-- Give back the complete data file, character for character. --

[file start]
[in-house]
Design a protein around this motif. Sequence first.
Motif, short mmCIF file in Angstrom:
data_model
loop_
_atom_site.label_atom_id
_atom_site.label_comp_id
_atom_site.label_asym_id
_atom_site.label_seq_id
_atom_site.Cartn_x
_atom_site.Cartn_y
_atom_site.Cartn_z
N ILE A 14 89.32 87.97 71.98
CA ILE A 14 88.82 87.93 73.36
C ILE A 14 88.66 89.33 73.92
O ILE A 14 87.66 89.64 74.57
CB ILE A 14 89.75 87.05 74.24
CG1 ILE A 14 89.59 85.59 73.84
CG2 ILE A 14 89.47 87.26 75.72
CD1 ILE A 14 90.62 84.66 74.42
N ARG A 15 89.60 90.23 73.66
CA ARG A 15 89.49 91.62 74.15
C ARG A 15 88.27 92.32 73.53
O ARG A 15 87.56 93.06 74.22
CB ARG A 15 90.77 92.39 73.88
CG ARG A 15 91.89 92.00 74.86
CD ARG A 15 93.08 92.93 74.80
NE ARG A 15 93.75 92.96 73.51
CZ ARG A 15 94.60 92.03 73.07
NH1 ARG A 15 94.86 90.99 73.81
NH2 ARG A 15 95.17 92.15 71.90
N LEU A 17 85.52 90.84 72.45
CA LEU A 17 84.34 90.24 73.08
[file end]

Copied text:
[in-house]
Design a protein around this motif. Sequence first.
Motif, short mmCIF file in Angstrom:
data_model
loop_
_atom_site.label_atom_id
_atom_site.label_comp_id
_atom_site.label_asym_id
_atom_site.label_seq_id
_atom_site.Cartn_x
_atom_site.Cartn_y
_atom_site.Cartn_z
N ILE A 14 89.32 87.97 71.98
CA ILE A 14 88.82 87.93 73.36
C ILE A 14 88.66 89.33 73.92
O ILE A 14 87.66 89.64 74.57
CB ILE A 14 89.75 87.05 74.24
CG1 ILE A 14 89.59 85.59 73.84
CG2 ILE A 14 89.47 87.26 75.72
CD1 ILE A 14 90.62 84.66 74.42
N ARG A 15 89.60 90.23 73.66
CA ARG A 15 89.49 91.62 74.15
C ARG A 15 88.27 92.32 73.53
O ARG A 15 87.56 93.06 74.22
CB ARG A 15 90.77 92.39 73.88
CG ARG A 15 91.89 92.00 74.86
CD ARG A 15 93.08 92.93 74.80
NE ARG A 15 93.75 92.96 73.51
CZ ARG A 15 94.60 92.03 73.07
NH1 ARG A 15 94.86 90.99 73.81
NH2 ARG A 15 95.17 92.15 71.90
N LEU A 17 85.52 90.84 72.45
CA LEU A 17 84.34 90.24 73.08